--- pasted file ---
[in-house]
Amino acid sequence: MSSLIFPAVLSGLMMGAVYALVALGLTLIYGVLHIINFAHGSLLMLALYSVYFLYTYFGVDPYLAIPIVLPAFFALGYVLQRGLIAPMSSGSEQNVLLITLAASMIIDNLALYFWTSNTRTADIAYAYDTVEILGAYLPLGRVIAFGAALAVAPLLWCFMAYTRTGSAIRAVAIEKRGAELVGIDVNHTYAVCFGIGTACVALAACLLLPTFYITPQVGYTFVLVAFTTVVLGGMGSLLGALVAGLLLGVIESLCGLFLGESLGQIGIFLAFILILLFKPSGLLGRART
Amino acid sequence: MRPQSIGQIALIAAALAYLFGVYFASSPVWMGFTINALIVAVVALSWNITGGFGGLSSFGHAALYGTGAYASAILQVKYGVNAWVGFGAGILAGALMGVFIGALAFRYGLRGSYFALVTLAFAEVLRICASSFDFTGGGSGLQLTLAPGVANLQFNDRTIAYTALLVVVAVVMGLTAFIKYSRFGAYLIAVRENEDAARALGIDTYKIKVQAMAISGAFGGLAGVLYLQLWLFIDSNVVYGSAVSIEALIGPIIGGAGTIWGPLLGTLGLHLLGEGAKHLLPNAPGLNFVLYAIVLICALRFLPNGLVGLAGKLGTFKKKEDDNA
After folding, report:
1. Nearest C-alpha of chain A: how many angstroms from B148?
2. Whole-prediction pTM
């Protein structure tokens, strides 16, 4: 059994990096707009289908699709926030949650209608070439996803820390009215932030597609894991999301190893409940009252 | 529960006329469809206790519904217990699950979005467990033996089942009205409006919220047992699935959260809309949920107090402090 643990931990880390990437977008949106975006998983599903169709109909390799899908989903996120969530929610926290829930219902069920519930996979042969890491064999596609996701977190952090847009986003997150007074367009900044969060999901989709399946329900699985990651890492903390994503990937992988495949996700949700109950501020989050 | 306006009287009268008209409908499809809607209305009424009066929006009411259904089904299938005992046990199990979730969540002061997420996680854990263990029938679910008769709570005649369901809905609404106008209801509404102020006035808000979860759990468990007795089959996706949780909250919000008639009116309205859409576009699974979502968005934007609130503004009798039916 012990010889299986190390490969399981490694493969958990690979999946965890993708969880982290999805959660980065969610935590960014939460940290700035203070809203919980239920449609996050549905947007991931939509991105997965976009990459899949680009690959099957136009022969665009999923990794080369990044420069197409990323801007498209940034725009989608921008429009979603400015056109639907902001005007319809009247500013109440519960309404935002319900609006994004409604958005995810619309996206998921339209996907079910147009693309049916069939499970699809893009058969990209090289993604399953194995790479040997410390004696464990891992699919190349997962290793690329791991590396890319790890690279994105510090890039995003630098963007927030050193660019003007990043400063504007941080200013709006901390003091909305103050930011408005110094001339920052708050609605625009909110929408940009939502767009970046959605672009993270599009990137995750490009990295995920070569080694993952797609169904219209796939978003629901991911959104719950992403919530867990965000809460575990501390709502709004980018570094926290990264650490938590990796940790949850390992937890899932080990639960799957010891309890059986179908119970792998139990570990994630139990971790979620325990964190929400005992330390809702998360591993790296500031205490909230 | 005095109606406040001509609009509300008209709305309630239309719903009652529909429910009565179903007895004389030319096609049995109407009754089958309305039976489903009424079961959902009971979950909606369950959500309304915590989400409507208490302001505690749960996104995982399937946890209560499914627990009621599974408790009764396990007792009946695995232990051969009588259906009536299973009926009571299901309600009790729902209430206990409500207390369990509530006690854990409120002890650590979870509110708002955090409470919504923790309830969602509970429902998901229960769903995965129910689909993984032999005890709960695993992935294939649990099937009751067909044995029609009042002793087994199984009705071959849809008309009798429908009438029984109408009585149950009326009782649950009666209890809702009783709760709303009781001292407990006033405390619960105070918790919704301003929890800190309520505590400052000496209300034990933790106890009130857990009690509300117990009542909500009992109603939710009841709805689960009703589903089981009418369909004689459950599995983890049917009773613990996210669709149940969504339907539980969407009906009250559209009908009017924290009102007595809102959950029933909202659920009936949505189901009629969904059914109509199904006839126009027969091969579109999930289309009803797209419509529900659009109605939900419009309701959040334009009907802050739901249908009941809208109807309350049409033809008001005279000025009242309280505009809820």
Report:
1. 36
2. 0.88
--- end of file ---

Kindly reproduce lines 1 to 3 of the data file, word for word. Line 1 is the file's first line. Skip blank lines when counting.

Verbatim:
[in-house]
Amino acid sequence: MSSLIFPAVLSGLMMGAVYALVALGLTLIYGVLHIINFAHGSLLMLALYSVYFLYTYFGVDPYLAIPIVLPAFFALGYVLQRGLIAPMSSGSEQNVLLITLAASMIIDNLALYFWTSNTRTADIAYAYDTVEILGAYLPLGRVIAFGAALAVAPLLWCFMAYTRTGSAIRAVAIEKRGAELVGIDVNHTYAVCFGIGTACVALAACLLLPTFYITPQVGYTFVLVAFTTVVLGGMGSLLGALVAGLLLGVIESLCGLFLGESLGQIGIFLAFILILLFKPSGLLGRART
Amino acid sequence: MRPQSIGQIALIAAALAYLFGVYFASSPVWMGFTINALIVAVVALSWNITGGFGGLSSFGHAALYGTGAYASAILQVKYGVNAWVGFGAGILAGALMGVFIGALAFRYGLRGSYFALVTLAFAEVLRICASSFDFTGGGSGLQLTLAPGVANLQFNDRTIAYTALLVVVAVVMGLTAFIKYSRFGAYLIAVRENEDAARALGIDTYKIKVQAMAISGAFGGLAGVLYLQLWLFIDSNVVYGSAVSIEALIGPIIGGAGTIWGPLLGTLGLHLLGEGAKHLLPNAPGLNFVLYAIVLICALRFLPNGLVGLAGKLGTFKKKEDDNA